The keynote speaker of the event was Dr. John Hanrahan, the Rotary District Governor. Kyle Warren introduced Dr. Hanrahan by mentioning the most important facts from his bio and professional career as a medical doctor, and also humanitarian and contributor to RI projects.

Dr. John Hanrahan, the Rotary District Governor as a keynote speaker at the event

 Dr. Hanrahan spoke about and the necessity to end the polio in all around the world by vaccinating kids and the history of RI involvement with this important goal. Dr. Hanrahan has also shared with us many stories about RI effort to end polio since its beginning. However, Dr. Hanrahan has also explained how polio is rare in these days, but it is still a dangerous disease, and we need to work together to end this danger.

After Dr. Hanrahan, Kyle Warren invited to the podium Albeny Singh, another Rotaract member to introduce Dr. Steve Anderson, the UVU Director of community and government relations.  Dr. Anderson is UVU graduate and he reported to us about the activities of his office.

Dr. Steve Anderson, the UVU Director of community and government relations

At the beginning of his remarks, Dr. Anderson shared with us a story how his grandmother was treated and healed from polio. He reported to us about programs in his office which assist students with their education such as internships at local, national and international levels.

Abdulrahman Alghanmi introduces Dr. Robinson

The final speaker was Dr. Dean Robinson, the President-Elect of Orem Rotary. I was assigned personally to contribute to this event by introducing Dr. Dean Robinson.

Dr. Robinson speaks during the event   

Dr. Robinson shared with us the history of Rotary International from its establishment in Chicago by Paul P. Harris in 1905. He also explained how Rotary clubs work together to implement their main goal, which is to help the communities and to raise the awareness among them through action to create lasting change.

Group photo after the event at UVU

It was a great event for me and other UVU Rotaract members through a student engaged learning to gain new knowledge about Rotary International and its noble goal to eradicate polio worldwide. It was a great opportunity for us to meet and interact with many new respected individuals who make a difference in the lives of the people worldwide. The event was successful thanks to the support from the Orem Rotary members and the UVU office of Global Engagement.

Abdulrahman Alghanmi, UIMF member


Rotaractors hosted table as part of the World Polio Day   

UVU Rotaract members hosted table at UVU as preparations for the World Polio Day commemoration 

On October 21, 2019, members of the Utah Valley University Rotaract club hosted a table at university campus. The main goal for the tabling was to raise awareness among UVU students and faculty about Rotary International, its activities and in particular contribution to the polio eradication around the world.

The October 24th is the World Polio Day for  all members of the Rotary International to involve people around the world through various actions to fight this disease. Currently polio still exists in three countries: Afghanistan, Nigeria, and Pakistan.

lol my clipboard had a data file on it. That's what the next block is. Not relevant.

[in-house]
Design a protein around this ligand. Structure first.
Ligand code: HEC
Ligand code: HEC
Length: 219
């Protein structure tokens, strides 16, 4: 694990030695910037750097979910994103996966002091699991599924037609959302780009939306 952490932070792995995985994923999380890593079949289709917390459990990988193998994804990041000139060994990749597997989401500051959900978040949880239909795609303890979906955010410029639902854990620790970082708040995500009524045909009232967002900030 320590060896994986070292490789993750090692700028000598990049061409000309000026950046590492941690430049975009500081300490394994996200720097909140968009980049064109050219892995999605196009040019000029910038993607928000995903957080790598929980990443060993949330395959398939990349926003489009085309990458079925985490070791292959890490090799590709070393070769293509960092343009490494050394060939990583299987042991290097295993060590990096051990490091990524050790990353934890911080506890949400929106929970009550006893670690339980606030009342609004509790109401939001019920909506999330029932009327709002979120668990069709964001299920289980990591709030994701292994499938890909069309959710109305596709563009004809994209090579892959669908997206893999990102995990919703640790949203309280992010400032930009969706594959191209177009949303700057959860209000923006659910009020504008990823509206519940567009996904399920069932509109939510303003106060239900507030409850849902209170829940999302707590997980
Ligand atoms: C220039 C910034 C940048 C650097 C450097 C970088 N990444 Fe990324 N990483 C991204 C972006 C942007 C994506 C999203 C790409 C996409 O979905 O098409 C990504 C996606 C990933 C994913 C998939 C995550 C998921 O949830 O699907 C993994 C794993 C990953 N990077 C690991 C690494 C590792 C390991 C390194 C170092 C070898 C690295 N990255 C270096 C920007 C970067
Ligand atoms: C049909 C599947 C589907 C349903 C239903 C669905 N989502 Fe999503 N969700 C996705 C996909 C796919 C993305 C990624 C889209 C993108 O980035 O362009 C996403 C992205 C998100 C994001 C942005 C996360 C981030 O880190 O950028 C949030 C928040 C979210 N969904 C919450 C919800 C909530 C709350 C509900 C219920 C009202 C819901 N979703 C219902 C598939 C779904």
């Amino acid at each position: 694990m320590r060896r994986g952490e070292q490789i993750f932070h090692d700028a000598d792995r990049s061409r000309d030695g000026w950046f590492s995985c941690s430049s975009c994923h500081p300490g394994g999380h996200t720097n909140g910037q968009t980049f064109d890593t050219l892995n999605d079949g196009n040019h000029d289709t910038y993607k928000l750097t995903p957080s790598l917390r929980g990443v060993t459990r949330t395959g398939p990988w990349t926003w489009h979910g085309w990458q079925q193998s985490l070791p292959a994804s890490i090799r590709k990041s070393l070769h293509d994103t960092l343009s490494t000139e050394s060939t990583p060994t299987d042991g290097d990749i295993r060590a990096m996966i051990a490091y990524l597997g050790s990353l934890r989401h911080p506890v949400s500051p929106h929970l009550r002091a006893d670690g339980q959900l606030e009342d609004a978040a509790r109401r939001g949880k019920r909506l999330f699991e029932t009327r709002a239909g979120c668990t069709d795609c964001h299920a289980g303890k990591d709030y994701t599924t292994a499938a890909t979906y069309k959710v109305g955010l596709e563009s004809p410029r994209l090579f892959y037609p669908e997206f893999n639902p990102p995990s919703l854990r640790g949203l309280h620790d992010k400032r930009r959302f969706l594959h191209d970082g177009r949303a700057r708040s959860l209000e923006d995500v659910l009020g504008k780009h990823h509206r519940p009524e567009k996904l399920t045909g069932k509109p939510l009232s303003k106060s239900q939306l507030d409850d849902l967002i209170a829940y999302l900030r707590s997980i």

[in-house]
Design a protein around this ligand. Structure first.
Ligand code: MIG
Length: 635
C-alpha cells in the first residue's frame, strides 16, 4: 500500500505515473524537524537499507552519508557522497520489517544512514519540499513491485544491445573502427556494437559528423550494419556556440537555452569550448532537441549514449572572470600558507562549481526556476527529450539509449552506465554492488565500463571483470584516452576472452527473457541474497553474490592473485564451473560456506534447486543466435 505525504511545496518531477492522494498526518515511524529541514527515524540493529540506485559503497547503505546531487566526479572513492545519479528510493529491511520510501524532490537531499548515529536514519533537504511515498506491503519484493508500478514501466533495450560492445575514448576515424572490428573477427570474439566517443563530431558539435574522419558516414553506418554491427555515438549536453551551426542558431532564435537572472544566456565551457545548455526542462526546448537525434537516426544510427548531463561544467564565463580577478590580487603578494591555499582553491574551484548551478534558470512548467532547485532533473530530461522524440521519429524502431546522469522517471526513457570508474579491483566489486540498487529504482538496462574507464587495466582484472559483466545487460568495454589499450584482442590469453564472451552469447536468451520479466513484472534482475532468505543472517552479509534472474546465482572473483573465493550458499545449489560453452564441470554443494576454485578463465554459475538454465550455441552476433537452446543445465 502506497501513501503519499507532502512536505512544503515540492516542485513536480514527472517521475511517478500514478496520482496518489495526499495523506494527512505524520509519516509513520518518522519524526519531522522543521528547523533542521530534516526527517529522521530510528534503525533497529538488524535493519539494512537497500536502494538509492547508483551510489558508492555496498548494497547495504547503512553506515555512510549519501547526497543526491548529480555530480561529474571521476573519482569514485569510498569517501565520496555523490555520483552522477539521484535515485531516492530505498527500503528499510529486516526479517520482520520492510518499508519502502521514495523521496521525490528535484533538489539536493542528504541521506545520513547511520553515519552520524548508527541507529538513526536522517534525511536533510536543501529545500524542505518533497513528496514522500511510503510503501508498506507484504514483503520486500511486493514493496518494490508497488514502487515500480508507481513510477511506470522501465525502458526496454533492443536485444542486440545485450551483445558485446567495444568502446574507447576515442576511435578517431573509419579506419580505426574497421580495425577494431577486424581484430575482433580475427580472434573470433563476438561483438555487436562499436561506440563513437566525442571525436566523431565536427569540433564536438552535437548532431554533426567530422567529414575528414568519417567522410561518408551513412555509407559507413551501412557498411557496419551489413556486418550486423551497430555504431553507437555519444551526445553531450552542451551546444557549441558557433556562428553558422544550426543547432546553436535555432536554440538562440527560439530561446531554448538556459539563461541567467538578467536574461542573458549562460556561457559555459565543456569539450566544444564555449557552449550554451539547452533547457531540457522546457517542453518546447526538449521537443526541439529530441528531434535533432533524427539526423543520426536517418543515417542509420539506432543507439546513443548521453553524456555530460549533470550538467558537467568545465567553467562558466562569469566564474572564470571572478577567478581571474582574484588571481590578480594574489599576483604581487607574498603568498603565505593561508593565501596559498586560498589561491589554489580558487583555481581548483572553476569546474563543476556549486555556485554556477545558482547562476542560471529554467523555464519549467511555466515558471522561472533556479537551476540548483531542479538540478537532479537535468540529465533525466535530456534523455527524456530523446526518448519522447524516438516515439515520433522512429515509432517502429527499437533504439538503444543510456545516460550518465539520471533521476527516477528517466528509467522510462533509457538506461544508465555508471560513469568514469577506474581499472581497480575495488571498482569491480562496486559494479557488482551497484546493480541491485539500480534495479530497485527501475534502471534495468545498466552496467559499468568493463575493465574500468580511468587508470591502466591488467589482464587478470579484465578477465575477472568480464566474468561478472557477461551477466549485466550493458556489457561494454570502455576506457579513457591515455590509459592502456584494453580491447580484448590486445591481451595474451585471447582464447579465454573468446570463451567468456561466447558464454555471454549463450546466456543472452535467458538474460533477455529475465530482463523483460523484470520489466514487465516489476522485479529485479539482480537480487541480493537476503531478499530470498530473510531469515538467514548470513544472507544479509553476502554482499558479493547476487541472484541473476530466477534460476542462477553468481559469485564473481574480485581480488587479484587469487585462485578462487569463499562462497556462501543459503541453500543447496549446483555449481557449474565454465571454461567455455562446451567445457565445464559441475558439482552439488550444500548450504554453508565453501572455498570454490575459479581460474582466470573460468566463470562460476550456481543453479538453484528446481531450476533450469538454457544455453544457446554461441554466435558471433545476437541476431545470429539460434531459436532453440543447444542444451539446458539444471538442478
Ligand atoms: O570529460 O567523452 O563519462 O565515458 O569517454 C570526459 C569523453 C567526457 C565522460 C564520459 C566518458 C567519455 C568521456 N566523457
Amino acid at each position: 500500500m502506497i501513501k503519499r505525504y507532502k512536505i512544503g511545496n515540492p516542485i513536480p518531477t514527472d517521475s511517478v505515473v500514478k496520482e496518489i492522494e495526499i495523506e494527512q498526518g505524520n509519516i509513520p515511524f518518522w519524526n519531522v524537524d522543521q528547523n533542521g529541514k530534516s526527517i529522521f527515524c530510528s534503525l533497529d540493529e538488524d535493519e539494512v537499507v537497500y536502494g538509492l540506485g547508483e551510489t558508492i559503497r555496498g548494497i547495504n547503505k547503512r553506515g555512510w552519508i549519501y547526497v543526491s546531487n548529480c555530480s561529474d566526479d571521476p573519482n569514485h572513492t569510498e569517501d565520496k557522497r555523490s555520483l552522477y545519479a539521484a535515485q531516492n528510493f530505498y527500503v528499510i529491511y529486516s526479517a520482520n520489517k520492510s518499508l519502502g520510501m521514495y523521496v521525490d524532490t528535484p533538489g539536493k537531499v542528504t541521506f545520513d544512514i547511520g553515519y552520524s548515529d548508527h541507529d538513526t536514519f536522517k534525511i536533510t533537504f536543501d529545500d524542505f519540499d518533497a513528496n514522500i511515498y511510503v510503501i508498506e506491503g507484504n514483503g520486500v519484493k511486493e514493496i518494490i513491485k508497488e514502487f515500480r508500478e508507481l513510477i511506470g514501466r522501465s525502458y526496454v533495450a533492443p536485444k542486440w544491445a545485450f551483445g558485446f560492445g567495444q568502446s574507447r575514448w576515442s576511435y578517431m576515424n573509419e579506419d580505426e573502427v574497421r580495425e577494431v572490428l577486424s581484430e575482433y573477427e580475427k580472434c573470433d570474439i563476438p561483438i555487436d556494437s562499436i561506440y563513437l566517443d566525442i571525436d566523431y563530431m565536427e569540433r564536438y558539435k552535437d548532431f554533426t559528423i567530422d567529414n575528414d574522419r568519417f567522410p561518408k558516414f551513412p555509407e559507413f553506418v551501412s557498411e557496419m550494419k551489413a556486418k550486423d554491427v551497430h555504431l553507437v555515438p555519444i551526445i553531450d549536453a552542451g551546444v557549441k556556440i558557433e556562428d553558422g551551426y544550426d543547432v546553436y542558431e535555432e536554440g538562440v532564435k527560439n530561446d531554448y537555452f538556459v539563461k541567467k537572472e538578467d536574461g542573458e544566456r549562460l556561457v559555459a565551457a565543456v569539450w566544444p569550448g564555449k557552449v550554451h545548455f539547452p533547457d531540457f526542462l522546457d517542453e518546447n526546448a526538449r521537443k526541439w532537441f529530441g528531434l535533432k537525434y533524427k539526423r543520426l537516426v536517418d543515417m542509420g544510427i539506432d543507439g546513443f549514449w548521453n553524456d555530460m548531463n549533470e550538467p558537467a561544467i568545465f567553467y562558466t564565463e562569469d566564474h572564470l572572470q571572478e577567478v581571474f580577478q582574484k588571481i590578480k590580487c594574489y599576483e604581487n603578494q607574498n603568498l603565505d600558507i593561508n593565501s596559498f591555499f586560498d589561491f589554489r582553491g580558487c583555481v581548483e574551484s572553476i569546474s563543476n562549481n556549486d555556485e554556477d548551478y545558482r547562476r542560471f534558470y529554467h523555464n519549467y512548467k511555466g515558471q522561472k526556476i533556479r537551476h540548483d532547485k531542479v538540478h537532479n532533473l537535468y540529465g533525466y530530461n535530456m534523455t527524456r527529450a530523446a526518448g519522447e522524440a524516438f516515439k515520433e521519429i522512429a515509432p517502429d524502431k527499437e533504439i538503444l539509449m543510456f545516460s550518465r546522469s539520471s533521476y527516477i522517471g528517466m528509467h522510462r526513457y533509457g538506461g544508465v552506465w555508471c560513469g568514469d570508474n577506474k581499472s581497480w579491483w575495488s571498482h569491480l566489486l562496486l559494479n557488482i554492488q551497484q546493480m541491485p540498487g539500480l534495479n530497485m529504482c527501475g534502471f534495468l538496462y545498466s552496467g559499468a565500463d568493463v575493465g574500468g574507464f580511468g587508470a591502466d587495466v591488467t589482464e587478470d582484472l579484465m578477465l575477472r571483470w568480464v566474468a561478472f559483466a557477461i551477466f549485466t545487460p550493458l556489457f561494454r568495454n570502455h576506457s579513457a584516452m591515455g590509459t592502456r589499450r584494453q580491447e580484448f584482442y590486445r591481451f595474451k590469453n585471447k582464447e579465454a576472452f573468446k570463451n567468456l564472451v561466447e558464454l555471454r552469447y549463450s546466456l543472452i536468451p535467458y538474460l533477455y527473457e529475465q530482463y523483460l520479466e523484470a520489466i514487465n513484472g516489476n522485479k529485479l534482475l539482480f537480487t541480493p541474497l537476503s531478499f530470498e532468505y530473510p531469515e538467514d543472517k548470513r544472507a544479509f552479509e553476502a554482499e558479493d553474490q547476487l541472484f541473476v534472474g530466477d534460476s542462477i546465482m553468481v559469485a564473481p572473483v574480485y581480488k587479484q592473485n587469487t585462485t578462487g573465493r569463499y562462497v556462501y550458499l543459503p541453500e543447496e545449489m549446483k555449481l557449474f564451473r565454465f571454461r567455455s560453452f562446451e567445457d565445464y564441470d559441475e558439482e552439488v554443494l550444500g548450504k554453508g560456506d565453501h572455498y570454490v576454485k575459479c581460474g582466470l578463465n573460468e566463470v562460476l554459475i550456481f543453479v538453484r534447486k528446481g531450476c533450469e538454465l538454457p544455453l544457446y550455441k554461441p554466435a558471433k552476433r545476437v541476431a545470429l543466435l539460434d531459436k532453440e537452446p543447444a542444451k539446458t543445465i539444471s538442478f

Rotaract is the student club and part of the Rotary International. UVU Rotaract works closely with the Orem Rotary club.   Members of the Rotaract led by Kyle Warren, its President, used the tabling also to raise funds for Rotaract activities.  UVU Rotaract is a member of the Utah International Mountain Forum, a coalition of student clubs at UVU, which focuses on the promotion of the United Nations sustainable mountain development agenda in the State of Utah and at the UN. Hannah Bieker, represented UVU Rotaract during the visit of UIMF delegation to the 63rd session of the United Nations Commission on the Status of Women in March 2019.  

Abdulrahman Alghanmi, UIMF member


Video of the Event


World Polio Day Brochure


Task List for World Polio Day




Kyle Warren- Preparations for World Polio Day at UVU 


Samuel Elzinga-The Role of Rotary in the Eradication of Polio and its Place in the SDGs


Kyle Warren-World Polio Day Commemoration at UVU


Byan Alghanmi-World Polio Day at Utah Valley University


Kanyon Lee Learning about Rotary International and Polio Eradication


Albeny Singh – My contribution to the World Polio Day Event at UVU


Cory Levin-World Polio Day Commemoration at UVU


Jose Coreas-UVU Rotaract hosted World Polio Day-


Yana Andersen – Contributing to World Polio Day at UVU


Caleb Stowell-Commemorating World Polio Day at UVU Through Student Engaged Learning


Austin-Meline-On the World Polio Day Event at Utah Valley University


Sariah Gomez-Achieving a Polio-Free World Through Rotarians


Drew Tschirki – World Polio Day Event At Utah Valley University


Titus Elanyu – World Polio Day at Utah Valley University

On the Mauna Kea Mountain and Hawaiian Culture

Attendees and Mr. Lanakila Mangauil make a sing of solidarity for Mauna Kea

            On October 10, 2019, Utah Valley University (UVU) and its Multicultural Center’s Pacific Islander Initiative hosted Mr. Lanakila Mangauil, a speaker that instructed us on the situation of Mauna Kea mountain, Hawaiian culture and traditional hula dances.